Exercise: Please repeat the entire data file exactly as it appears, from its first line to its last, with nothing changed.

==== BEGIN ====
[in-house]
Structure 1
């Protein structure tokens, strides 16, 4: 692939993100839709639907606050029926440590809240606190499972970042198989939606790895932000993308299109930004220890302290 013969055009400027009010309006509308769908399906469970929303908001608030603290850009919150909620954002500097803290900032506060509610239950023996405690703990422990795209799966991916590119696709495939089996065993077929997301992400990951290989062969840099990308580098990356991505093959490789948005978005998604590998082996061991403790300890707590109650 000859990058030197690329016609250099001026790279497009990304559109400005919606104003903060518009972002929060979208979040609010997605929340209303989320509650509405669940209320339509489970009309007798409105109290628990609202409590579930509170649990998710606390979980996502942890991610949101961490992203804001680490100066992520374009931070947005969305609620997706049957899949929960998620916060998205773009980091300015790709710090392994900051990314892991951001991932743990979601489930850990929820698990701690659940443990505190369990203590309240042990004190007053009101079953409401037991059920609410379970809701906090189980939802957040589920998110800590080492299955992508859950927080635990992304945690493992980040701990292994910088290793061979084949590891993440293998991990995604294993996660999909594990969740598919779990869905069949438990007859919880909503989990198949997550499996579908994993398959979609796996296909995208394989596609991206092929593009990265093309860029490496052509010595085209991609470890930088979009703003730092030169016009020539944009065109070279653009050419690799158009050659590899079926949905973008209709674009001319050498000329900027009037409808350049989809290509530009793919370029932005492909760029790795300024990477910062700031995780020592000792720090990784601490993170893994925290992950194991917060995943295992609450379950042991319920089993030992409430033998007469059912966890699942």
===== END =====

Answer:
[in-house]
Structure 1
């Protein structure tokens, strides 16, 4: 692939993100839709639907606050029926440590809240606190499972970042198989939606790895932000993308299109930004220890302290 013969055009400027009010309006509308769908399906469970929303908001608030603290850009919150909620954002500097803290900032506060509610239950023996405690703990422990795209799966991916590119696709495939089996065993077929997301992400990951290989062969840099990308580098990356991505093959490789948005978005998604590998082996061991403790300890707590109650 000859990058030197690329016609250099001026790279497009990304559109400005919606104003903060518009972002929060979208979040609010997605929340209303989320509650509405669940209320339509489970009309007798409105109290628990609202409590579930509170649990998710606390979980996502942890991610949101961490992203804001680490100066992520374009931070947005969305609620997706049957899949929960998620916060998205773009980091300015790709710090392994900051990314892991951001991932743990979601489930850990929820698990701690659940443990505190369990203590309240042990004190007053009101079953409401037991059920609410379970809701906090189980939802957040589920998110800590080492299955992508859950927080635990992304945690493992980040701990292994910088290793061979084949590891993440293998991990995604294993996660999909594990969740598919779990869905069949438990007859919880909503989990198949997550499996579908994993398959979609796996296909995208394989596609991206092929593009990265093309860029490496052509010595085209991609470890930088979009703003730092030169016009020539944009065109070279653009050419690799158009050659590899079926949905973008209709674009001319050498000329900027009037409808350049989809290509530009793919370029932005492909760029790795300024990477910062700031995780020592000792720090990784601490993170893994925290992950194991917060995943295992609450379950042991319920089993030992409430033998007469059912966890699942």